The marketer of tomorrow is beginning to connect and attribute value to these activities with the rest of the marketing mix and the customers’ histories and experiences themselves — identifying audiences of existing customers and piecing together all of those touch points along the way to not just a purchase, but to an ever-increasing lifetime value of a loyal customer.
It’s hard, and we’re just at the beginning of this as an industry, but in many cases it is possible, and those that can succeed here can do so with a significant competitive advantage.
2. People And Skillsets Are Difficult To Find
While the very fundamental and core skills of marketers have not changed drastically, to fully leverage today’s available data to drive marketing programs does require a lot more than it has in the past, and those skillsets can be very difficult to find.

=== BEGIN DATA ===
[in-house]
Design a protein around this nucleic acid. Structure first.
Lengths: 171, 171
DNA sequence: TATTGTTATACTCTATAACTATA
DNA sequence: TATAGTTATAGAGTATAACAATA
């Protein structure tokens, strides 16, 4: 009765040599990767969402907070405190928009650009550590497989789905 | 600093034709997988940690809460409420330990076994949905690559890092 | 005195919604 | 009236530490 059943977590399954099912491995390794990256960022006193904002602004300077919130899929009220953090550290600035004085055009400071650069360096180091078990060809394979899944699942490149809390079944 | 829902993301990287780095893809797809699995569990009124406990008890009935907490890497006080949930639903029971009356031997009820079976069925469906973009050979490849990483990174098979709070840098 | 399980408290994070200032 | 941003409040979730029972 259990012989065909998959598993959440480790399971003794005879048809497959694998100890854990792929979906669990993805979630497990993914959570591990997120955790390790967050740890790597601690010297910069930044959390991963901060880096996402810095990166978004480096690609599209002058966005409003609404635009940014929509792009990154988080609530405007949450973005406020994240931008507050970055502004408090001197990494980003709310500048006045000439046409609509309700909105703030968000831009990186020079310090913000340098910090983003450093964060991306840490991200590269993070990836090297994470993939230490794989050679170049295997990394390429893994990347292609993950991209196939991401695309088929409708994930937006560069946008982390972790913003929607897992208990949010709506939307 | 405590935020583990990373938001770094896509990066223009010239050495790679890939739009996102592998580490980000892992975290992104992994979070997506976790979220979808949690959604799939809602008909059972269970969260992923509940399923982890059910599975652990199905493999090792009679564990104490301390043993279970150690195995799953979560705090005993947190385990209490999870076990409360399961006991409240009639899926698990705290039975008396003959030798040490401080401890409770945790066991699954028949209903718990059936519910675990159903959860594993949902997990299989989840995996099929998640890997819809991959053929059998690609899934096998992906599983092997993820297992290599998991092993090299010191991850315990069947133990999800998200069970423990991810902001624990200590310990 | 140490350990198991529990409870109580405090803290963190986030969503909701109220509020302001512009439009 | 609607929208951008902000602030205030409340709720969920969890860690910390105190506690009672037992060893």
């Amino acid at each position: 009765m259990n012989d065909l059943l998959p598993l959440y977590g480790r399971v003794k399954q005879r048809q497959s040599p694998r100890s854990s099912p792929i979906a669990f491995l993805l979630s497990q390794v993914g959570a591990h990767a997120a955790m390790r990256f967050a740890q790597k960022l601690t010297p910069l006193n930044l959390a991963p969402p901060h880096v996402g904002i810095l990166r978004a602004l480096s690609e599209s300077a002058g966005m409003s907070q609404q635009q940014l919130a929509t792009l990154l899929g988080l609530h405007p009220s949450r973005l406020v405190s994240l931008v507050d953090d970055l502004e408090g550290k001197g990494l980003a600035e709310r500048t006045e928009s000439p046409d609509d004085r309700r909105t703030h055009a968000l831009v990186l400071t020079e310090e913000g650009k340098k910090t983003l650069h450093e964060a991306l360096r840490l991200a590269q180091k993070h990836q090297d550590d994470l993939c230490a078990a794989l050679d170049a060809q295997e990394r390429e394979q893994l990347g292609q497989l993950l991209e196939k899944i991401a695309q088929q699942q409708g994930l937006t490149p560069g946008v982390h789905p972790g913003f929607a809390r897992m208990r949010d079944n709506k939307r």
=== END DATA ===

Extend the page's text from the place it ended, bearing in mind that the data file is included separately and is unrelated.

We can all watch episode after episode of AMC’s “Mad Men” and relate to the very same marketing challenges that still resonate today. Understanding that audience and positioning a product for it, building out that perfect media plan and the cutting-edge creative that makes it work.
And all of that is still very much required today. But now you need more.
Marketers must be analysts, database architects, CRM wizards…and, of course, these should culminate in some killer presentation skills.
It’s an impossible job description that keeps getting even more difficult, with requirements being continually added. But it’s also true that these skills can certainly be acquired in the context of marketing.
Statistics and traditional business intelligence are not new, nor are they new to the marketing department. No, there’s no television show dedicated to the number crunchers that were just off-set to Don Draper’s office, but data has long been entrenched in the fields of marketing.
Today’s tools and technologies are bringing tremendous capabilities to marketers, but those marketers need to know enough to be able to use them. Testing platforms can set up and execute multivariate tests for you, but you’ll need to know how to design proper experiments and interpret results for those tools to be worth using.